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When Compliance Kills

The BBC reports on what may be a troubling trend or a statistical aberration:

Many of the fatalities involving cyclists happen in collisions with a heavy goods vehicle (HGV). This year, seven of the eight people killed by lorries in London have been women.

Considering that women make only 28% of the UK’s cycling journeys, this seems extremely high.

One of the offered reasons seems to involve compliance with traffic regulations (the sort of thing drivers are always accusing cyclists of violating):

In 2007, an internal report for Transport for London concluded women cyclists are far more likely to be killed by lorries because, unlike men, they tend to obey red lights and wait at junctions in the driver’s blind spot.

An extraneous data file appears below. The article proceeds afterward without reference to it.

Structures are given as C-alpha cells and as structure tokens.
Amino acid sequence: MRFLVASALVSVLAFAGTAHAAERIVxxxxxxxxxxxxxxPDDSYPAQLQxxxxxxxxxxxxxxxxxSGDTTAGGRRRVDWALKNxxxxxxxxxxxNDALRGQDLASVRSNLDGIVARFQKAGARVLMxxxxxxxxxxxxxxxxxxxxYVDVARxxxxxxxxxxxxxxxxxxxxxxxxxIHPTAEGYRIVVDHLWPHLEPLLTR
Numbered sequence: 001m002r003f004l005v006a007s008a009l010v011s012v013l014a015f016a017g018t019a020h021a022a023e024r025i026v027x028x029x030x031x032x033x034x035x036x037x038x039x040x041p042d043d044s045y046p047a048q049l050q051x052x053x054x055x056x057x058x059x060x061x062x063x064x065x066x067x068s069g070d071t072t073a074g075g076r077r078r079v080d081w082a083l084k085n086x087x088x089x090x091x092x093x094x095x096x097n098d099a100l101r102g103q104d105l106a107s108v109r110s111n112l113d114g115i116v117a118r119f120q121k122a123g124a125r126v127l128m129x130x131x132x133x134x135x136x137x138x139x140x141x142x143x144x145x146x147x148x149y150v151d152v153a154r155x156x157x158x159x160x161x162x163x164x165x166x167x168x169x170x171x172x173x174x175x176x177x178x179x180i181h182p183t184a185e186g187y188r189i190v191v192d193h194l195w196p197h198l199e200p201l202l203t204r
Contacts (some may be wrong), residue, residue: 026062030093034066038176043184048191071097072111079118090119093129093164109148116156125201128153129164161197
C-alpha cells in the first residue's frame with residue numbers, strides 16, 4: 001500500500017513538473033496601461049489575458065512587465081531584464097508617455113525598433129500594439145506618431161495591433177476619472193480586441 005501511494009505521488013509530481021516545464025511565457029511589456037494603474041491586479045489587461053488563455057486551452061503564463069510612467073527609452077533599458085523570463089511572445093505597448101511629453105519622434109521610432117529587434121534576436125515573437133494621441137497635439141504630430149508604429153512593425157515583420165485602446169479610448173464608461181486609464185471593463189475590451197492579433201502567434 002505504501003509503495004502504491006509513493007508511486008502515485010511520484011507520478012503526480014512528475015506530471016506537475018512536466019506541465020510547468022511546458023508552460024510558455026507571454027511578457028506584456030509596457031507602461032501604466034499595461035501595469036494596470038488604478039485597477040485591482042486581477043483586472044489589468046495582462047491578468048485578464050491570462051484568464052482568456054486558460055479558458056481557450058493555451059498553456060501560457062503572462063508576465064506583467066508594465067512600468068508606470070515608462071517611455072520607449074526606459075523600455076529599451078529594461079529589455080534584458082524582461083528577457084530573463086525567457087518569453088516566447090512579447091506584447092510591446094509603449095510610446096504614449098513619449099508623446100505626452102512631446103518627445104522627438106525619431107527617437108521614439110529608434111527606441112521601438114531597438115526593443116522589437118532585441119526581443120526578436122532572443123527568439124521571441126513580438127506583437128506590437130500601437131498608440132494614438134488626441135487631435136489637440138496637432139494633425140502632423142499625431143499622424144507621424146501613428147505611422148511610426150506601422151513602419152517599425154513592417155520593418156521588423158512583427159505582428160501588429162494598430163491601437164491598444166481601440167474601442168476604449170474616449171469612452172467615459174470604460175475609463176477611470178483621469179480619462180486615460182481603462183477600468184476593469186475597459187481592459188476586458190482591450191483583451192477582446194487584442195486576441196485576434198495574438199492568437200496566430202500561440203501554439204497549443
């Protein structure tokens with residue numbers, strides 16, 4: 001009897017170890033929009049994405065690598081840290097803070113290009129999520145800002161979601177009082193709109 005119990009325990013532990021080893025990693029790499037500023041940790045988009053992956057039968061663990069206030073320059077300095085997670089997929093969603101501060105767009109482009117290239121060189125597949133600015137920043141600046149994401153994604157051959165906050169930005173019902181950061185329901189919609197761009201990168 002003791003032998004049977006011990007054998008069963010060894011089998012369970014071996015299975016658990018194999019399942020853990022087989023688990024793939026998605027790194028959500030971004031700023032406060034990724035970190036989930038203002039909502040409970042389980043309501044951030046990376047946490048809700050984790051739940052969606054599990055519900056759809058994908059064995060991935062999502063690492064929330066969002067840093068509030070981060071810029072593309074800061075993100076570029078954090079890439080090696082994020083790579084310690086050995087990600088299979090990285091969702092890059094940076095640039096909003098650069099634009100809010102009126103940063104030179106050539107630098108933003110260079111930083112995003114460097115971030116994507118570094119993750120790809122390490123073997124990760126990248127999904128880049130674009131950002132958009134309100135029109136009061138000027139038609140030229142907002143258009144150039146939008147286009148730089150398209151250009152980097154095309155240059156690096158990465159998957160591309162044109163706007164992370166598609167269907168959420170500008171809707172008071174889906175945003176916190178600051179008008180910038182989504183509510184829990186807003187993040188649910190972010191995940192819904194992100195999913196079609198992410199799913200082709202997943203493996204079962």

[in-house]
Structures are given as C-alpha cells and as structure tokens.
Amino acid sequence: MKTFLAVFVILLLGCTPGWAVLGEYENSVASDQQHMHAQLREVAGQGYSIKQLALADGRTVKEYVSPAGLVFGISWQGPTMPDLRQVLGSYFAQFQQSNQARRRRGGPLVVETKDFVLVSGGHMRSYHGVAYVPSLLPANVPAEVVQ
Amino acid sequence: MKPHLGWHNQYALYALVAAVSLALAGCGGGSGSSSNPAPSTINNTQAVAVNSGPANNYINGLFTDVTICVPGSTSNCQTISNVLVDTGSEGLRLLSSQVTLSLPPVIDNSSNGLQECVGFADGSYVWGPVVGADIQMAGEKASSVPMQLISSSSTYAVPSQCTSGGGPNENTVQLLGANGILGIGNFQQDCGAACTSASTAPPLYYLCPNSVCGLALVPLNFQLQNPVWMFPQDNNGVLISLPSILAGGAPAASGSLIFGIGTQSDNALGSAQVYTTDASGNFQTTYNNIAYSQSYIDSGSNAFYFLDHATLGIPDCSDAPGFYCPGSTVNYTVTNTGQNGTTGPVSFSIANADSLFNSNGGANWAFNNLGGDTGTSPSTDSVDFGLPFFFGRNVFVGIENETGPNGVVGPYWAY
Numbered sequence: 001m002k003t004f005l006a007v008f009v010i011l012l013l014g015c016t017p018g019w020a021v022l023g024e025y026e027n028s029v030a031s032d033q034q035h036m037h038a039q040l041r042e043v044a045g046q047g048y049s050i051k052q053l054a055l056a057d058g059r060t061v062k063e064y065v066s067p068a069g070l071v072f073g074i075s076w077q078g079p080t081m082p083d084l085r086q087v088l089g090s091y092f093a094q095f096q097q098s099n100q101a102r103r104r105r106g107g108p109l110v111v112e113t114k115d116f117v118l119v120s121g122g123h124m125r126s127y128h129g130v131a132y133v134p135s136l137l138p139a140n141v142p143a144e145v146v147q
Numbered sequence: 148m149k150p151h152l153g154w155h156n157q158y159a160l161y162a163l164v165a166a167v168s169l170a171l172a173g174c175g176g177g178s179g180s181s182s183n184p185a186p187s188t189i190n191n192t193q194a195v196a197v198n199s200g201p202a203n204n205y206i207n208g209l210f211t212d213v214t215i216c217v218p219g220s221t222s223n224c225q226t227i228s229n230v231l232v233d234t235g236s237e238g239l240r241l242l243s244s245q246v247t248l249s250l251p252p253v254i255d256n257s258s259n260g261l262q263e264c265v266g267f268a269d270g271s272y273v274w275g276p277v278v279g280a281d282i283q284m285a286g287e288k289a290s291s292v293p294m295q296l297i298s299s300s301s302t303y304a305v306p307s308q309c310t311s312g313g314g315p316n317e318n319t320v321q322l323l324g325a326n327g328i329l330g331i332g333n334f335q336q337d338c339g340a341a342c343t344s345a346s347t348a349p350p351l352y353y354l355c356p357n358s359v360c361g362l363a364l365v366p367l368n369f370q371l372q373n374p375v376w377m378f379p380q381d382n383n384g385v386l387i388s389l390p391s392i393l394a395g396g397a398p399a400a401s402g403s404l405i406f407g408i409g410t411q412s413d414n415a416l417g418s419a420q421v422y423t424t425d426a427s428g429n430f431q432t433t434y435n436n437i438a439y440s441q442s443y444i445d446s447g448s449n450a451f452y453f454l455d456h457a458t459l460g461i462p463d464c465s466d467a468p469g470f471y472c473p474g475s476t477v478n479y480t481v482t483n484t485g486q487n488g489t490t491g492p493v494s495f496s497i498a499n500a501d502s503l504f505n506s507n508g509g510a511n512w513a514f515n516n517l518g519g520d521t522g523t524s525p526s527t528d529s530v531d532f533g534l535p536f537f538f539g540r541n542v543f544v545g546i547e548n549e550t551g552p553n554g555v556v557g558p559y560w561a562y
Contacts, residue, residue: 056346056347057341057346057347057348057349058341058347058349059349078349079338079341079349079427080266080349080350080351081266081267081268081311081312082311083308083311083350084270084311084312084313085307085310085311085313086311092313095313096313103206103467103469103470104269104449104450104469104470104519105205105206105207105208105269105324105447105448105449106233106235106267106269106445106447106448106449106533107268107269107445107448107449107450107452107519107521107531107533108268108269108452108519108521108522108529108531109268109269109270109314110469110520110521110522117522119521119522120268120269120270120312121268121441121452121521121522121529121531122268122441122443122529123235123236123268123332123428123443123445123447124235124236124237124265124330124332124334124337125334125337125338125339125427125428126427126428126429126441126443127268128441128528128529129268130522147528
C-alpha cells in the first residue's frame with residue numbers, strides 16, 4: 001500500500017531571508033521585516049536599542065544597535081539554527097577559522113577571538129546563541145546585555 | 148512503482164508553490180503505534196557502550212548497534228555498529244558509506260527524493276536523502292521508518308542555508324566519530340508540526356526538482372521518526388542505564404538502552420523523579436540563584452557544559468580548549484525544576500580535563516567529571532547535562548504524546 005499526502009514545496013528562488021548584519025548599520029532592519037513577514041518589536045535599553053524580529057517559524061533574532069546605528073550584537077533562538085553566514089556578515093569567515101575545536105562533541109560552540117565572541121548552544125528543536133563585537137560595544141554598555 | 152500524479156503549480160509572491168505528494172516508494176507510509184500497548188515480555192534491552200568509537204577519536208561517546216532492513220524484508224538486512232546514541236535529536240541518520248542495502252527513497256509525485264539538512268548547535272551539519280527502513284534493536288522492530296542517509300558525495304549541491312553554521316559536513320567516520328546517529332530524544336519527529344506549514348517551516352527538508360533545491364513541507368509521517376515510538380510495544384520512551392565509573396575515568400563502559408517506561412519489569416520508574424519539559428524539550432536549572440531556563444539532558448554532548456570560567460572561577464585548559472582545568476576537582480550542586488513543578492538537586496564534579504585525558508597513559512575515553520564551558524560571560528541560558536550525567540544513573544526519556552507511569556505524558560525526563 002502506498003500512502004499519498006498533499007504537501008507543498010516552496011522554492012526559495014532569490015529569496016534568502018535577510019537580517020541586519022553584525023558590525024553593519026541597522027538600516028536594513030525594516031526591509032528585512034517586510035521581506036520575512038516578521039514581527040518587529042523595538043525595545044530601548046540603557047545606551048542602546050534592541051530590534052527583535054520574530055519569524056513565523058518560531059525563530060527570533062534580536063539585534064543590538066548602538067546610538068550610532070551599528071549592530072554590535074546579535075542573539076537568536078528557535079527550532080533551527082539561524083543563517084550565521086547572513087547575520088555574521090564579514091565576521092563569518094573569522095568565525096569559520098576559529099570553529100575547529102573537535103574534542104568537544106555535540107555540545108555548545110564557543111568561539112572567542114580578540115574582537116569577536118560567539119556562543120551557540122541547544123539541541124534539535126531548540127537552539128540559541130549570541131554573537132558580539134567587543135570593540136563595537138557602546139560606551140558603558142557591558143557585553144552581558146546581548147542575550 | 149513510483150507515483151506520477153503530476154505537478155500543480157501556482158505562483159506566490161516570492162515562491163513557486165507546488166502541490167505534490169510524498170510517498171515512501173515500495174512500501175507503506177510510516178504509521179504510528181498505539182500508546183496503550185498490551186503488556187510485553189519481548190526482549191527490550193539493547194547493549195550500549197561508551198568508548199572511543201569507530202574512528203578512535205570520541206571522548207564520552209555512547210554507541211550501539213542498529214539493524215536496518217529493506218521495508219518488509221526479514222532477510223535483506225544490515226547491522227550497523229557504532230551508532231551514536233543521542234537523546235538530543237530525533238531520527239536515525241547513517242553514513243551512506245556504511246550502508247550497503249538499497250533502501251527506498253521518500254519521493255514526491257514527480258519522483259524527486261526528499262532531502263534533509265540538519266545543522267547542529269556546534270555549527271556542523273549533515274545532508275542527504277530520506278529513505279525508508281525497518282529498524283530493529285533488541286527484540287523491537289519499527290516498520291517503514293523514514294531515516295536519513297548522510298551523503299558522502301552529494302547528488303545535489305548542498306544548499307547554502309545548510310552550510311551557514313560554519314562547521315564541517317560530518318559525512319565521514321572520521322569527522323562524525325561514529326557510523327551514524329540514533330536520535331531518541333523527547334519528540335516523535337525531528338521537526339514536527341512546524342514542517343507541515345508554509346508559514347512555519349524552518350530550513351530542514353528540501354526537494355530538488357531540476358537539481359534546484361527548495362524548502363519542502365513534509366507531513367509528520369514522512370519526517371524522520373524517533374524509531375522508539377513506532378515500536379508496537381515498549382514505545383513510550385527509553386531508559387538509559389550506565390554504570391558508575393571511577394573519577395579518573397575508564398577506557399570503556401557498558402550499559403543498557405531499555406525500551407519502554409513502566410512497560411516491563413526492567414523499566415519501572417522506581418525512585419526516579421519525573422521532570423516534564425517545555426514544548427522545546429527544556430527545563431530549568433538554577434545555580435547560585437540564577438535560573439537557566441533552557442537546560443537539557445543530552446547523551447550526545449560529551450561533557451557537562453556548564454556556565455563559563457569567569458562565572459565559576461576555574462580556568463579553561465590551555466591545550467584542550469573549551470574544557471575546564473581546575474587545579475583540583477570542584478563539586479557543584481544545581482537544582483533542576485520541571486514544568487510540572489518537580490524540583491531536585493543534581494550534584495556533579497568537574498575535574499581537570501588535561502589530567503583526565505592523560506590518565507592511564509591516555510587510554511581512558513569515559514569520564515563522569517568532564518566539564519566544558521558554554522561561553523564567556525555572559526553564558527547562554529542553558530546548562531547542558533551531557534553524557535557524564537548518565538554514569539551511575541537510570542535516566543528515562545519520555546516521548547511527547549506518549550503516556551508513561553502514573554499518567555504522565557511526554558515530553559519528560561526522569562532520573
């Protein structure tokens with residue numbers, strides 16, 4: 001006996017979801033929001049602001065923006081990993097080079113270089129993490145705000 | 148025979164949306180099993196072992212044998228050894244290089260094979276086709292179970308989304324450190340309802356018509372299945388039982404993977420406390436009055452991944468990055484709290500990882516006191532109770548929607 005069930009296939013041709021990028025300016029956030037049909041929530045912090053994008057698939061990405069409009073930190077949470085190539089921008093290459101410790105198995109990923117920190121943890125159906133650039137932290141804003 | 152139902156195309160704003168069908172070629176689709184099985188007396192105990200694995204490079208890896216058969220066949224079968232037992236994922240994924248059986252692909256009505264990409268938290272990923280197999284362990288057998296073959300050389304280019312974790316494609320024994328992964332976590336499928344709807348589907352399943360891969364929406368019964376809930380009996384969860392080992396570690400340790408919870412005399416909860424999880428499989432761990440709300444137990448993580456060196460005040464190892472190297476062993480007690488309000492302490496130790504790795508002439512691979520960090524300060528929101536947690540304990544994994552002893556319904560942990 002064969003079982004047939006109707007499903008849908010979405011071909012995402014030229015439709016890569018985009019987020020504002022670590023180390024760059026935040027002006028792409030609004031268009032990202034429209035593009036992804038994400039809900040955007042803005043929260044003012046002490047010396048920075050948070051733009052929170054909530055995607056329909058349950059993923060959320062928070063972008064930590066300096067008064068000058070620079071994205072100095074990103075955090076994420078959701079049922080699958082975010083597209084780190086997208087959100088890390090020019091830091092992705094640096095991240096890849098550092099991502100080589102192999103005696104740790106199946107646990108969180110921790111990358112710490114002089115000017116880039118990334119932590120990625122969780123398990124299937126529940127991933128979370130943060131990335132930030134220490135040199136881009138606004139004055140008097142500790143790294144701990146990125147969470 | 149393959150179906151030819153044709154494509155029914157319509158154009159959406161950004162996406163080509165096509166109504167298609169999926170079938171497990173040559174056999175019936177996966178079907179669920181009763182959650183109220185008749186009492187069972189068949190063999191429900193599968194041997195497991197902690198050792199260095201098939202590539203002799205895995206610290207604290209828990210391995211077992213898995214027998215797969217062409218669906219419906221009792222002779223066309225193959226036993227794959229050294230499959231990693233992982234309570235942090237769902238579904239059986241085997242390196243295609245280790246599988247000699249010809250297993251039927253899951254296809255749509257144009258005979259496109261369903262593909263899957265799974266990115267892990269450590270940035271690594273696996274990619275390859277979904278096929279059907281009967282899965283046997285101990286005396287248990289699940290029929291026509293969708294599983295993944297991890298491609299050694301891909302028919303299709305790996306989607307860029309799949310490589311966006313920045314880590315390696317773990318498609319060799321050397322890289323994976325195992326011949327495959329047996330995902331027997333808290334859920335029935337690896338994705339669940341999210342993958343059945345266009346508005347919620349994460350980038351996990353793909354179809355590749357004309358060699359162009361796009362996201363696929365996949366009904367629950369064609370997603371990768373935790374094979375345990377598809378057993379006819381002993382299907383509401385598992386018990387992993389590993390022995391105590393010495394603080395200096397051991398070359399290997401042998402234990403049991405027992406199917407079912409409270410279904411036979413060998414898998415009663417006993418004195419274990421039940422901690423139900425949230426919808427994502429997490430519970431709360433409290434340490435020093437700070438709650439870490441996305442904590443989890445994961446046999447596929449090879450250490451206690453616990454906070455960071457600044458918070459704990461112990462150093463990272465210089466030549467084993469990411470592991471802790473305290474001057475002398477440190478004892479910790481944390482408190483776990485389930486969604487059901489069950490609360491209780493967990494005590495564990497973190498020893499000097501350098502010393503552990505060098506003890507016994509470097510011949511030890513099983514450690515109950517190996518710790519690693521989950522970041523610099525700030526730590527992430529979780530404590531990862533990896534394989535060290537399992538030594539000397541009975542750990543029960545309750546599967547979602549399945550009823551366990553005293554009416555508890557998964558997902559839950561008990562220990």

This means that if the lorry turns left, the driver cannot see the cyclist as the vehicle cuts across the bike’s path.

The report said that male cyclists are generally quicker getting away from a red light – or, indeed, jump red lights – and so get out of the danger area.

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This entry was posted on Saturday, October 10th, 2009 at 8:21 am and is filed under Bicycles, Cars, Cities. You can follow any responses to this entry through the RSS 2.0 feed. You can leave a response, or trackback from your own site.

14 Responses to “When Compliance Kills”

  1. George Says:

    I sometimes bicycle with a lady who is overly concerned that we as cyclists don’t break the law or inconvience a motorist even if it puts herself in harms way.

    For example:

    Right turn on red when illegal but lets us clear out of a busy intersection. I always make this move slowly.